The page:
The Wahkiakum County Eagle - Established as The Skamokawa Eagle in 1891

PUD cutting PI water Feb. 11 for repair


February 6, 2020

Wahkiakum County PUD Board of Commissioners met on Tuesday morning to listen to reports, and to discuss the Western Wahkiakum Water System and the General Manager’s compensation.

The PUD has had to make some adjustments due to the slide on KM. One employee, who lives on the Westend, has been given a PUD truck for the duration, and is spending his days working over there. Logging companies have made it possible for the PUD to travel back and forth, and while General Manager Tramblie was grateful for passage, he admitted the slide has been an inconvenience.

Another slide on Shannon Road damaged approximately 300 feet of cable, and the crew is replacing it with overhead lines.

A water outage is scheduled for Puget Island on February 11 in order for the crew to make repairs to new valves installed in early December near the master meter.

"One of them leaked from the day we installed it,” Tramblie said.

Residents have been notified, and the outage is expected to last less than an hour.

Tramblie suggested a change to the PUD’s street light policy. They currently charge time and materials for new installs, and with the new LED fixtures the price has risen to as much as $350. Tramblie would like to change it to a flat rate of $250, where no additional infrastructure is required.

“The LEDs last longer, and maintenance is less,” Tramblie reasoned.

Commissioners were amenable and a resolution will be drawn up.

Tramblie said he had lost confidence in two reclosers at Wahkiakum substation, and would like to replace them, starting this year with the one that serves Puget Island, and saving the second for a later date.

He expects it will cost about $20,000.

Auditor Erin Wilson went over the cash flows for each system in 2019. At the end of the year, the reserve for the Electric System was $1,116,572, the reserve for the Puget Island Water System was $227,083, and the reserve for the Western Wahkiakum Water System was $38,475.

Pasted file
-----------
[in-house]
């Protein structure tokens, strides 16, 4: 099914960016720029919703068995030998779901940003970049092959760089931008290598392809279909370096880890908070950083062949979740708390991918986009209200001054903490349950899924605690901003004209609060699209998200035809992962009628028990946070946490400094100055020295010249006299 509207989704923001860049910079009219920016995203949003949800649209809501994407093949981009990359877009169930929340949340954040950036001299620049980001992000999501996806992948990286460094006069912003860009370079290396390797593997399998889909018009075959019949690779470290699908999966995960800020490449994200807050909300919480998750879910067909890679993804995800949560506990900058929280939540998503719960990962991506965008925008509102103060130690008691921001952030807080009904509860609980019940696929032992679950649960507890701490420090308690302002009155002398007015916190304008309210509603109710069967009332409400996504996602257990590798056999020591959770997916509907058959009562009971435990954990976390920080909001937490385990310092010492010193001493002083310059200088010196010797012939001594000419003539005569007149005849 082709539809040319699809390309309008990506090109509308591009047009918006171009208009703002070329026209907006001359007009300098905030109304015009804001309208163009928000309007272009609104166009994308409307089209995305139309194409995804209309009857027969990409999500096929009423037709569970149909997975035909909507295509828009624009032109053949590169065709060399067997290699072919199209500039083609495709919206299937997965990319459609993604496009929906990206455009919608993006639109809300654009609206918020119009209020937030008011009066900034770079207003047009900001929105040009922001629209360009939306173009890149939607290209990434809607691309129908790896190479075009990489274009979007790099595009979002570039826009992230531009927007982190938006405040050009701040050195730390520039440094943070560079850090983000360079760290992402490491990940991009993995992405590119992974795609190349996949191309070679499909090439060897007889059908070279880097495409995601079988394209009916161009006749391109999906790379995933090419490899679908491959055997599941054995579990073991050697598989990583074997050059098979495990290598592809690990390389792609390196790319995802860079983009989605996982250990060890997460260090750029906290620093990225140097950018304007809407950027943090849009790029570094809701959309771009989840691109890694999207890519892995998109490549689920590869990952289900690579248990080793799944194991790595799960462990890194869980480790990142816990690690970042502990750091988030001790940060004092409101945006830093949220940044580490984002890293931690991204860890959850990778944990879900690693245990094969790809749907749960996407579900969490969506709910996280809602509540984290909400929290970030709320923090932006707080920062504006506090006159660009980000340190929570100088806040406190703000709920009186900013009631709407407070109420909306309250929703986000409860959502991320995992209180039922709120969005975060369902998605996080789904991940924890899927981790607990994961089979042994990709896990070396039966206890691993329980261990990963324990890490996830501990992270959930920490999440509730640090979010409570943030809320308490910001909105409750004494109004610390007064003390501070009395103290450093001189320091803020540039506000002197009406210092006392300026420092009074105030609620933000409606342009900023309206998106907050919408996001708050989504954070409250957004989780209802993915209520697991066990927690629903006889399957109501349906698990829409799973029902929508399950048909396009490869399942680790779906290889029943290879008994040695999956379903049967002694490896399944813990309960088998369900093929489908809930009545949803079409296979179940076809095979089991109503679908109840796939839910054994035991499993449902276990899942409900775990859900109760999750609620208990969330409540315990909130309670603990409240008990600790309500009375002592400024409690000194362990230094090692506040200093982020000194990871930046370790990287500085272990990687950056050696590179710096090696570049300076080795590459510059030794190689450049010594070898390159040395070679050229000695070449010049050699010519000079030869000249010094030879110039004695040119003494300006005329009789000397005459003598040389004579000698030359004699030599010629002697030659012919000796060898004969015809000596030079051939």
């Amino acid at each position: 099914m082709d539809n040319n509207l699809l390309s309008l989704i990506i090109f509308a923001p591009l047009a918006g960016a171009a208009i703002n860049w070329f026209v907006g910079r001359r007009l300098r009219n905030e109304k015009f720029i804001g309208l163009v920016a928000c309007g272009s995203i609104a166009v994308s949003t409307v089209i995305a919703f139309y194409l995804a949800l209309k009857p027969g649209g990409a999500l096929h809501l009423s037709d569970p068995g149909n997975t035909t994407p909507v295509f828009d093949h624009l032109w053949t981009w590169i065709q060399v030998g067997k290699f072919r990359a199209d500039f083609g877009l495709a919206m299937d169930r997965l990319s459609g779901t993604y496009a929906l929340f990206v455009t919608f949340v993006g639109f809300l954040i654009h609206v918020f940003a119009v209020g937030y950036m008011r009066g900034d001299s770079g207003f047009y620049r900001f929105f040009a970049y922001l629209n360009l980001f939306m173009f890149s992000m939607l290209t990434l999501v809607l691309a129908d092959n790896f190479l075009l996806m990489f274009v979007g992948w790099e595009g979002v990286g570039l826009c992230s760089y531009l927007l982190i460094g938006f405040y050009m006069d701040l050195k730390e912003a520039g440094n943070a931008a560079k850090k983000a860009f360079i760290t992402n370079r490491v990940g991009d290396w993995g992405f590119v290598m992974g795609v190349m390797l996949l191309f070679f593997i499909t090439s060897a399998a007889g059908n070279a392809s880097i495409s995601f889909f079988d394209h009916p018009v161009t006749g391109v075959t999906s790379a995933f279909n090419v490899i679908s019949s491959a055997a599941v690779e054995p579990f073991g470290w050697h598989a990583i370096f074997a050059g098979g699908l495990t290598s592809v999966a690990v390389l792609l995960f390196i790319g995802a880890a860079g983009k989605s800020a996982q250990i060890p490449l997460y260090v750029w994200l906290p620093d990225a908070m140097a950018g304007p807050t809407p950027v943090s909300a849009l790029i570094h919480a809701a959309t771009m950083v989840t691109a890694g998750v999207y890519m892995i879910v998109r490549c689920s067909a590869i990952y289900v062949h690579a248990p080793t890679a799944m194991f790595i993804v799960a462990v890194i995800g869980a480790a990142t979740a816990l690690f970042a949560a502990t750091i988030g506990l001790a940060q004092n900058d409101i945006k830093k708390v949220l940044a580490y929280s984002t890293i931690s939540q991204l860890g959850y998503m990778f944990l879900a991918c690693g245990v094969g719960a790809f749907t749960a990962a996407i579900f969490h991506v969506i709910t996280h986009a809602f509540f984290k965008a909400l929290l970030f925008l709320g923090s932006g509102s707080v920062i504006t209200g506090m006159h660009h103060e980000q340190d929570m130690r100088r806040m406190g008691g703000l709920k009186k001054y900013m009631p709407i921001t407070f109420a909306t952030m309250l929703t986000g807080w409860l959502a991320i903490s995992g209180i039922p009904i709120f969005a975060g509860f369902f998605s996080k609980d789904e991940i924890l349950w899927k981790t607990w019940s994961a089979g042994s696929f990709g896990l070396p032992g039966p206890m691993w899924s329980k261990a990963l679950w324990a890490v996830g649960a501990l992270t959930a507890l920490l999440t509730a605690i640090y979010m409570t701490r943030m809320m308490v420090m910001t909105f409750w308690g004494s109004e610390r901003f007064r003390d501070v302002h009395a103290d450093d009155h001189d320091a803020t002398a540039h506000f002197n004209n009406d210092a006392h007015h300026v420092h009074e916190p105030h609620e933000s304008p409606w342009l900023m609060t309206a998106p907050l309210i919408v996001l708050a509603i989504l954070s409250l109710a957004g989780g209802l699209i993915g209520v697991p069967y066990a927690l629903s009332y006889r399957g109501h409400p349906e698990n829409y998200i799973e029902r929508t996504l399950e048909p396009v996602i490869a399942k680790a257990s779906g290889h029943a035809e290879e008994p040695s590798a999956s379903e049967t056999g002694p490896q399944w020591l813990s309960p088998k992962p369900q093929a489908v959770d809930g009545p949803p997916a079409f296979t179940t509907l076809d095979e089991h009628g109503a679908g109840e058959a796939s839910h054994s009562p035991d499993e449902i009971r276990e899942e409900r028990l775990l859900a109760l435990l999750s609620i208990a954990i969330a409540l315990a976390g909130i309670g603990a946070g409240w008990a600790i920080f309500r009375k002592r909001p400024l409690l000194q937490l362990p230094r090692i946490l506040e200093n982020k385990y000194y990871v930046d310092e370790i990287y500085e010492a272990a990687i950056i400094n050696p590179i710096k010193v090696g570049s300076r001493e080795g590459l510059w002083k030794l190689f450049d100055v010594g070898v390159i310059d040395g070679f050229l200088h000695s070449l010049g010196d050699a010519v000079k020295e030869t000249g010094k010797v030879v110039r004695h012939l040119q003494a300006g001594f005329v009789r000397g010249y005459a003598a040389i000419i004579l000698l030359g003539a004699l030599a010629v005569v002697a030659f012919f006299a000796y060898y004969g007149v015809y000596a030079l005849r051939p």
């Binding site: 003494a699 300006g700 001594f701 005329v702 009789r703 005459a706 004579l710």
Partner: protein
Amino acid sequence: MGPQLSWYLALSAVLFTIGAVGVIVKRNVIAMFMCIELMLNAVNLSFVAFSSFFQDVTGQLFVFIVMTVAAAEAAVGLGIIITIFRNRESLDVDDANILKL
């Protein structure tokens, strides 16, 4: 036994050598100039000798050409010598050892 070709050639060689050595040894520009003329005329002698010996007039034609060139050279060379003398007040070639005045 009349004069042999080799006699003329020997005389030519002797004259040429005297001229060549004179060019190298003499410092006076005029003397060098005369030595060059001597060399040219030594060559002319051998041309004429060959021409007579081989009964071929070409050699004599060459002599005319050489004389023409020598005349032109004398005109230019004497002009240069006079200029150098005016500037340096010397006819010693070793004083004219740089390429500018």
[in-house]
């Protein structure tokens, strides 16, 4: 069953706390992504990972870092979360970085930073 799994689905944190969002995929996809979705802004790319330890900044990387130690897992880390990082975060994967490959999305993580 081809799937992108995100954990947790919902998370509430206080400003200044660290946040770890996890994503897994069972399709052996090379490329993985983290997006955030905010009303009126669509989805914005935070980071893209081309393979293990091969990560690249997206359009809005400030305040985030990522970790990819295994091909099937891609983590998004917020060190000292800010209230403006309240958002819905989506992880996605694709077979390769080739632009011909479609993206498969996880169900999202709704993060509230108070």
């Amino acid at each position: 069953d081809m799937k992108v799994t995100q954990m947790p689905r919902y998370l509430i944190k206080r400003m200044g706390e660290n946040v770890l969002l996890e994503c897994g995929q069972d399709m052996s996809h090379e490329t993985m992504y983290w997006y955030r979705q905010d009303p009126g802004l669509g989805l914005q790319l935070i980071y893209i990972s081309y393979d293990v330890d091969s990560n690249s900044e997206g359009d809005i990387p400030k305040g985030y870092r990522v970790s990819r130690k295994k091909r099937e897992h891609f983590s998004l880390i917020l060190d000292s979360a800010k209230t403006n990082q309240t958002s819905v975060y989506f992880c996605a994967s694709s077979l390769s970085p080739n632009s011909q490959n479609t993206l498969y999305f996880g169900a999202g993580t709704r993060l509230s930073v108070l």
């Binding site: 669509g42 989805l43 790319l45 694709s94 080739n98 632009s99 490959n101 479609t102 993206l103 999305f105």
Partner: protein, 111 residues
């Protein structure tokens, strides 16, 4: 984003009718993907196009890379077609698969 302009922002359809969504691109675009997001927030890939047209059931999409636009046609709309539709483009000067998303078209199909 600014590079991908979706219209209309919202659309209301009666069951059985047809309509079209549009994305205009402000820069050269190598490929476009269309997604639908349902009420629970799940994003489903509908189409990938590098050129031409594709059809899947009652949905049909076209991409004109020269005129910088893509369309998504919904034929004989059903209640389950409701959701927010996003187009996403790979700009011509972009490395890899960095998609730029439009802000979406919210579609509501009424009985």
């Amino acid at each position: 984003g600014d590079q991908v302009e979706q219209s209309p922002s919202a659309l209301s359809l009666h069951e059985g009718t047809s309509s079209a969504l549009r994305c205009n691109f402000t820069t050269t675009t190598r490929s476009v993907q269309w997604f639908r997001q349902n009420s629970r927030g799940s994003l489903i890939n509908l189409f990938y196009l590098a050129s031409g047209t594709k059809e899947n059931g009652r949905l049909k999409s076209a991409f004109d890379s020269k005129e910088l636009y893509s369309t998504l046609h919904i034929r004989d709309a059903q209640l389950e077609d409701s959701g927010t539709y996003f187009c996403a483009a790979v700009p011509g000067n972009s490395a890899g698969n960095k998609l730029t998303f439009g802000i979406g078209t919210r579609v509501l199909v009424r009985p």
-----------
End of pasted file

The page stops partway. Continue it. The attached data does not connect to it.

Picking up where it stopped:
Commissioner Dennis Reid suggested that they write off a $30,000 loan from the Electric System to the Western Wahkiakum Water System.

“This system needs some help,” he said.

That matter was tabled for the next meeting, but the system came up during a later discussion.

Tramblie suggested that they put in more bypass valves for leak detection in the Western Wahkiakum Water System and use the year 2020 to rebuild reserves for the system.

They experienced a 26 percent water loss in the system in 2019. Tramblie estimated that there are about 42 miles of pipe in the system, with approximately 320 customers.

“The bypass valves help us isolate sections for leak detection,” Tramblie said, “that might help us focus whatever resources we decide to put down there in the correct locations.”

During commissioner reports, Commissioner Gene Healy said that he and Tramblie had met with a representative from Jaime Herrera Beutler’s office to talk about USDA loan issues for the broadband project.

“It’s a complicated issue,” Healy said. “We’re not giving up. There is a difference in opinion on what our eligibility is with USDA for a loan. We got some news that we were ineligible. Since our last meeting, we thought we had some light at the end of the tunnel, now it is darkened again. It just depends how long it takes for the right people to fall in line. They will.”

Finally, commissioners voted unanimously to grant Tramblie’s request for a 5% raise in base pay due to increased duties, 3% of which will be a cost of living allowance.


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